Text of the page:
The Cosmology of the Raising of Lazarus (John 11-12)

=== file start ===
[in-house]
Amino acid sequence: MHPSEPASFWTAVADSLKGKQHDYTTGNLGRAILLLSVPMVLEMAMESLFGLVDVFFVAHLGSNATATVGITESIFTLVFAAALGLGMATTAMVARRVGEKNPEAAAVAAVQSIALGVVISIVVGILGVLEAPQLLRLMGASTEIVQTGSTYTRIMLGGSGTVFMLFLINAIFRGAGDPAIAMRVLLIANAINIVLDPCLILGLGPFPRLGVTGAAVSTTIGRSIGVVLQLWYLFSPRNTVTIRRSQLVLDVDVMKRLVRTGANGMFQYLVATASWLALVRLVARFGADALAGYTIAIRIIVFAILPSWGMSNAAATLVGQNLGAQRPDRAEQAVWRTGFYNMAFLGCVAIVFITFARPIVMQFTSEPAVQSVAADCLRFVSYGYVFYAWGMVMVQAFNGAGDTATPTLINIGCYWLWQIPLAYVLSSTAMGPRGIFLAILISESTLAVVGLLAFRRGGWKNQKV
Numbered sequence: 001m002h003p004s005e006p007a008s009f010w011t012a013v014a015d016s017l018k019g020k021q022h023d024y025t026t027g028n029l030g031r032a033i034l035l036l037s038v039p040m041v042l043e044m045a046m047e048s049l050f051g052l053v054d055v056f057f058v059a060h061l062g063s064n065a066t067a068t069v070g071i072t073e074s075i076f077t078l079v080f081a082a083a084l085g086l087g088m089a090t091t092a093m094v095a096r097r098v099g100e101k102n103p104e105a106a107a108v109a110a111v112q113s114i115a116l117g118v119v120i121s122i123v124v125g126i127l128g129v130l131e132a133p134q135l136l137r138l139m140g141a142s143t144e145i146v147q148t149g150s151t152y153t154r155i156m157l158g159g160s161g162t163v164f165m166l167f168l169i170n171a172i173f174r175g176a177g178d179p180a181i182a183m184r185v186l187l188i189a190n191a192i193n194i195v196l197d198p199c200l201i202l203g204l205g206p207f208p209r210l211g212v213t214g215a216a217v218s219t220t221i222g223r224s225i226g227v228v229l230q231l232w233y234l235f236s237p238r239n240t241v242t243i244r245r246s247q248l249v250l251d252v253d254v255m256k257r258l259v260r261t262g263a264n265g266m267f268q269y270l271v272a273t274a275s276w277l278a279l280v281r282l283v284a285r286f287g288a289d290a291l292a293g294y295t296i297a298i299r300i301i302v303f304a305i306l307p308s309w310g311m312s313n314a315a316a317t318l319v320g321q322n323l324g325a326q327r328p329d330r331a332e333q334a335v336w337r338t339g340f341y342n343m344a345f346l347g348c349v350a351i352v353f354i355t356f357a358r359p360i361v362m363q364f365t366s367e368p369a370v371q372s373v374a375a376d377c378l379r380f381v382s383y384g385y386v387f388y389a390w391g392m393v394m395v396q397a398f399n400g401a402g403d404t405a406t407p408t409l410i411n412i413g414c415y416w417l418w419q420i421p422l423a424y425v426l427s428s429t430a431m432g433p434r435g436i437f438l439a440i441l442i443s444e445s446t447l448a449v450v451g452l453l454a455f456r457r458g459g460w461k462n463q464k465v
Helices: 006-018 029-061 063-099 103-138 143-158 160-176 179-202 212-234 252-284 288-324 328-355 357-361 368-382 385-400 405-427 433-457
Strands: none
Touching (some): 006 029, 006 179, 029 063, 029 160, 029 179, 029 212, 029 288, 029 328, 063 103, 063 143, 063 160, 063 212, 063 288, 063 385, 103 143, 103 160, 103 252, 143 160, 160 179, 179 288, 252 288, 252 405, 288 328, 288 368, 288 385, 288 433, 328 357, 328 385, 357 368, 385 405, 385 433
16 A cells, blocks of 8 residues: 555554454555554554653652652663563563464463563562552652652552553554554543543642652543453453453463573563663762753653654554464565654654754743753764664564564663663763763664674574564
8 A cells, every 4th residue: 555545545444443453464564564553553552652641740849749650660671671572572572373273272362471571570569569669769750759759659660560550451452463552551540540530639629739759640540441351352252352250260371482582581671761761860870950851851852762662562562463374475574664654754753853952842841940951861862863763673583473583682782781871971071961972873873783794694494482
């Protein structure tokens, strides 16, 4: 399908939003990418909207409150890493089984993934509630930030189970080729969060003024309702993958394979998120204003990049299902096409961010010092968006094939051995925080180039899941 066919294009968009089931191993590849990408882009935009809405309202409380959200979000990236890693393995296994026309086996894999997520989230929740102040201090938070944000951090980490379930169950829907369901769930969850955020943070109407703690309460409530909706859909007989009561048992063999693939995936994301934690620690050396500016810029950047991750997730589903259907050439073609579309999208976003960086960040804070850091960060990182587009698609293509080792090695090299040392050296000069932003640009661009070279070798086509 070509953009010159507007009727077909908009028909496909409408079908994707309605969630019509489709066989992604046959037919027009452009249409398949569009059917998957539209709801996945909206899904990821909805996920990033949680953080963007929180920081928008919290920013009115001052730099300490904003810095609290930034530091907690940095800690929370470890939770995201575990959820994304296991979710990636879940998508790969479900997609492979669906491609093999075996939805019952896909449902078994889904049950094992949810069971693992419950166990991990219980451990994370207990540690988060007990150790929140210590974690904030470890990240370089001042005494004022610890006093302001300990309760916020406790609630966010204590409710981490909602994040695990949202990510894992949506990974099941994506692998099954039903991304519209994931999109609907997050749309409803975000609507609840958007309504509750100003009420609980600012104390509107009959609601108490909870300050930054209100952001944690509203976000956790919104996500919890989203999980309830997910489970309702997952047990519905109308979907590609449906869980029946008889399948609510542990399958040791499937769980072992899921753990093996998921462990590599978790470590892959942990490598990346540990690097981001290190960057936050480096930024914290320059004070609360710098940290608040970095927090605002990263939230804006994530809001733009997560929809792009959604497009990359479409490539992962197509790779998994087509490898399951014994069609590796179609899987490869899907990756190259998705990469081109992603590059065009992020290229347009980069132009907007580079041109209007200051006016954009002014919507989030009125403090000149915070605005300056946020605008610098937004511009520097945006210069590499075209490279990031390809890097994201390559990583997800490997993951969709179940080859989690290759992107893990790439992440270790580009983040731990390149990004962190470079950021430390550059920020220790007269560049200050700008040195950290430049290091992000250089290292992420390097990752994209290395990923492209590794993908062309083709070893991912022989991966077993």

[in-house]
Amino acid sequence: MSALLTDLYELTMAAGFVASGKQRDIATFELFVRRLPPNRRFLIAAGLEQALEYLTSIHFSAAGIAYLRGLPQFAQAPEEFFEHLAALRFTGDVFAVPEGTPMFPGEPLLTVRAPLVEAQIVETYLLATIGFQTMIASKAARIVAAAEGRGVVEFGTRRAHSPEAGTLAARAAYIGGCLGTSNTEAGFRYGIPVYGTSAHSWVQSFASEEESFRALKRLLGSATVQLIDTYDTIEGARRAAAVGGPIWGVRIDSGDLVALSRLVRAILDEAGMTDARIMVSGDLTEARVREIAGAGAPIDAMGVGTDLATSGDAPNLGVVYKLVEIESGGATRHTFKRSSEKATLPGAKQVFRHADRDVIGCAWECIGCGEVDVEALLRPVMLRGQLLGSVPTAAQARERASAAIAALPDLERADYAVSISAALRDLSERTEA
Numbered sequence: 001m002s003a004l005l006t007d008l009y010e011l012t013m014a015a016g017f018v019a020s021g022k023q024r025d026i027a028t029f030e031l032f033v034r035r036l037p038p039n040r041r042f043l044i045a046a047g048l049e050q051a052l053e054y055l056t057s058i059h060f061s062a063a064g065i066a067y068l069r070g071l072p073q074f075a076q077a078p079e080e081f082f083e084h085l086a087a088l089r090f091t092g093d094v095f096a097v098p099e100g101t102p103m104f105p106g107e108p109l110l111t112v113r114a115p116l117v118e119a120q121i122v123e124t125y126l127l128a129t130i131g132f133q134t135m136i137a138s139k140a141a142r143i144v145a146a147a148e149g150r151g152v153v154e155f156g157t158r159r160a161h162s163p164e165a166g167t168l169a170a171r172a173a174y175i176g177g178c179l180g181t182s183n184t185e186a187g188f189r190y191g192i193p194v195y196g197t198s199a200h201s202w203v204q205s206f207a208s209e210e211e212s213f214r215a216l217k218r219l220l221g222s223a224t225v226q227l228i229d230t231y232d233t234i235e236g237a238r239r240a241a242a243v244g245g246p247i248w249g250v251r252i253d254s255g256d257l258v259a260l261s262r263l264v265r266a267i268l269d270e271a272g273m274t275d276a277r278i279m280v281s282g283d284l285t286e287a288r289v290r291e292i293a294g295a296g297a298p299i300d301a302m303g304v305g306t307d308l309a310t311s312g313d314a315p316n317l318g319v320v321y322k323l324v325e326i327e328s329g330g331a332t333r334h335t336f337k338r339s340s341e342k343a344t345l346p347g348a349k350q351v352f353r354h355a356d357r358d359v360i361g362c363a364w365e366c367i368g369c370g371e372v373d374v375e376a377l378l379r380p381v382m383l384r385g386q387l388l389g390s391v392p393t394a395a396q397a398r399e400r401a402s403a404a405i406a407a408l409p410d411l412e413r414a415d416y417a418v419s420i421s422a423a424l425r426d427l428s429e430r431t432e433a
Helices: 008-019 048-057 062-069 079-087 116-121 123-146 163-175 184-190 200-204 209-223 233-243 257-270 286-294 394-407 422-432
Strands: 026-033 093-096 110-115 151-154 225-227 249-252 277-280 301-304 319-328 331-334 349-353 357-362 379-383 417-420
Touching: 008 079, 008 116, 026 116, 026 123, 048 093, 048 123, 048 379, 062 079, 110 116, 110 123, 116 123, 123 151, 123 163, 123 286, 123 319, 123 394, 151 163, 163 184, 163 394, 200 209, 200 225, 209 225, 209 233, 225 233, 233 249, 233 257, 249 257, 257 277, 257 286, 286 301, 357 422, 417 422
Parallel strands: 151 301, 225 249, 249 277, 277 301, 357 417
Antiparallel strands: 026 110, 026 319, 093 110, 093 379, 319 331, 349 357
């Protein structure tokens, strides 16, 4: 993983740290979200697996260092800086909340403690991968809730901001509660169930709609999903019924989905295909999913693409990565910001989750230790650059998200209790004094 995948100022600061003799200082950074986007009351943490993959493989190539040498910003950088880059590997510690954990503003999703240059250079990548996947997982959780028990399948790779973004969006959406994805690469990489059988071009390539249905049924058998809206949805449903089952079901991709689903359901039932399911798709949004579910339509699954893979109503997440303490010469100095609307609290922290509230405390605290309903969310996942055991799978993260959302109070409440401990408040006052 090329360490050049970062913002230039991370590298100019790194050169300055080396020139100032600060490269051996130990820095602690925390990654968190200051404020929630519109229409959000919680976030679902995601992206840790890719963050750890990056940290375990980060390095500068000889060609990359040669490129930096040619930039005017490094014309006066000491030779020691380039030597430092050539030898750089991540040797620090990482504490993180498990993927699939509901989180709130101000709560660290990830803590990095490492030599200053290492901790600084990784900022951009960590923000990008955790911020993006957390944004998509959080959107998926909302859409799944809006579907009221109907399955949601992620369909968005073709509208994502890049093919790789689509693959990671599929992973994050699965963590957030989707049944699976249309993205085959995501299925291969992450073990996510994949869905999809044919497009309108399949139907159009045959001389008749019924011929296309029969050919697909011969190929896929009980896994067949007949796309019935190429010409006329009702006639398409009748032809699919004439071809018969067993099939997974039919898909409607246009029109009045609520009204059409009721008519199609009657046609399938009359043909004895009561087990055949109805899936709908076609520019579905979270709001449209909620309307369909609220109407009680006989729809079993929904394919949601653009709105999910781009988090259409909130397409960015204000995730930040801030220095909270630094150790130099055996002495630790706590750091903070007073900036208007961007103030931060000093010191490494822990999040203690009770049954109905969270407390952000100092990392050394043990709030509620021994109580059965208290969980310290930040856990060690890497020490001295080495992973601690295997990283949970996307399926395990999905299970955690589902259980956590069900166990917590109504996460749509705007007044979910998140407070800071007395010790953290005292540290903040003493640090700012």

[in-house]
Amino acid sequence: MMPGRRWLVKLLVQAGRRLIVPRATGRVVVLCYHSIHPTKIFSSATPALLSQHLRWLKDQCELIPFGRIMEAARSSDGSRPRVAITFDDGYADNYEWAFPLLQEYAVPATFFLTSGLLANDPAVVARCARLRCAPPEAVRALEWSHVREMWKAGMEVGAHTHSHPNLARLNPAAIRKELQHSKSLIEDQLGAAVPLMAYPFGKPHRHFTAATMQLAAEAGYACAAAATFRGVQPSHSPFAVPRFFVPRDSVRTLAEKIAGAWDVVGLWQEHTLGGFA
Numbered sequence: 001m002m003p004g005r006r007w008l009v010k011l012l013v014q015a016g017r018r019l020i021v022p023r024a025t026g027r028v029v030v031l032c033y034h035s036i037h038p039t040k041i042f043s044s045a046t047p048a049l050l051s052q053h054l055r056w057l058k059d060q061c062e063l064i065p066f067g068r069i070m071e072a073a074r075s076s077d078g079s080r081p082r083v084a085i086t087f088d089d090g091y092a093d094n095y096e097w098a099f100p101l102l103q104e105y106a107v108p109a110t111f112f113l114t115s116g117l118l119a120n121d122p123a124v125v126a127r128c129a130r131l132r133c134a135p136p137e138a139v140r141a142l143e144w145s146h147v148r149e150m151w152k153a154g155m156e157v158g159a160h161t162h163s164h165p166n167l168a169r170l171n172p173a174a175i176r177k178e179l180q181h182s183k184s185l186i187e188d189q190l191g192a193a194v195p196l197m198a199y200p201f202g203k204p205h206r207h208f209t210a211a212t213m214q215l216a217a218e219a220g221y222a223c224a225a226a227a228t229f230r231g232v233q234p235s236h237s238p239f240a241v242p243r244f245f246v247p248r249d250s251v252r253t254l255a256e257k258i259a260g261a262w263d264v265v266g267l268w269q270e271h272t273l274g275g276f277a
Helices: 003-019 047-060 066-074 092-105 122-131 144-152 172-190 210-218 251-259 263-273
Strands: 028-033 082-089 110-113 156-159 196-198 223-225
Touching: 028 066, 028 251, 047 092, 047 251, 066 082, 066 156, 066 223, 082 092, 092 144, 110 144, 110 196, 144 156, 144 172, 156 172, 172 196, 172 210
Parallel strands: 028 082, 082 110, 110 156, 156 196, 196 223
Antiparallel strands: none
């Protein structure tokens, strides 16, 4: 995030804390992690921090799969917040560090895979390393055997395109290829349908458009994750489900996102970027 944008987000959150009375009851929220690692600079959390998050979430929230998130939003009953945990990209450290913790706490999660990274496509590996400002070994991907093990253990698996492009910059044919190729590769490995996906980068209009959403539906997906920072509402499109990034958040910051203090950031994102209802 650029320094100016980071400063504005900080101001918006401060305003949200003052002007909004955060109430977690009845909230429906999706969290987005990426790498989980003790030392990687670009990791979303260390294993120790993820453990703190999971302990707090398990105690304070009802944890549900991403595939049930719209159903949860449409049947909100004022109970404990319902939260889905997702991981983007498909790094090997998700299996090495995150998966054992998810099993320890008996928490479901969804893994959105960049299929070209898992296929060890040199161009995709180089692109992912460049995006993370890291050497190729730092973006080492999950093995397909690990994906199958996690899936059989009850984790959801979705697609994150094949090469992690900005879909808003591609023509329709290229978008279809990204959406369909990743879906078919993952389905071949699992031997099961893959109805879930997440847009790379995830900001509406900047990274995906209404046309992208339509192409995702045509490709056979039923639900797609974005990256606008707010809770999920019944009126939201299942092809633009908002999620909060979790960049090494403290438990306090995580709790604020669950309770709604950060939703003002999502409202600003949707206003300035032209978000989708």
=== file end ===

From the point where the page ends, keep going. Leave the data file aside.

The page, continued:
The aim of this essay is to bring out the function of chapters 11–12 within the overall structure of the Fourth Gospel in order to elucidate the precise manner in which this text imagines the “porosity” between death and life, of which Jesus’ raising of Lazarus is a striking example. The theses will be (i) that the two chapters are so closely connected in strictly literary terms that they constitute a single, coherent tract within the Gospel, (ii) that they have a single theme, which is that the raising of Lazarus points directly forward to, and is to be understood and explained in the same way as, not only Jesus’ own resurrection but also that of all Christ believers, (iii) that the text half-presupposes and half-articulates a cosmological framework along the lines to be found in contemporary Stoicism that explains the very possibility of raising and resurrection and hence the apparent “porosity” of death and life that the text is pointedly addressing, and finally (iv) that these ideas are brought together in a claim that constitutes a climax of the whole Book of Signs: that in order to “believe in Jesus” in the full, proper way one must understand him not just as somebody who has come from God, but also as somebody who will now literally return to God when he is resurrected from death. That—and only that—belief will lead to the resurrection of believers, too. In arguing for these theses, the essay addresses the conceptual relationship between “believing” (πιστεύειν), “hearing” (ἀκούειν), “speech” or “words” (ῥήματα), “reasoning” (λόγος) and “spirit” (πνεῦμα) in John, using a Stoic, philosophical framework for elucidating the inner connection between these notions in John. Here the essay argues that there is an intrinsic connection in both John and Stoicism between matters of understanding (cognition, epistemology) and matters of event (fact, ontology). This is the reason why the overarching theme of the text is not just the connection between the events of the raising of Lazarus and the resurrection of Jesus and believers (thesis [ii] above), but also the understanding of that connection (thesis [iv] above). While the essay aims to lay bare an underlying cosmological framework that accounts for the apparent “porosity” of death and life, it also emphasizes that this possibility of “radical transformation” transcends the normal framework of human life, both in John and in Stoicism. Here the role of πνεῦμα in both John and Stoicism is emphasized. A possible difference remains. In John more than in Stoicism, while the “porosity”—the very possibility of transcending death—is there, its actualization appears to require direct divine intervention from above.
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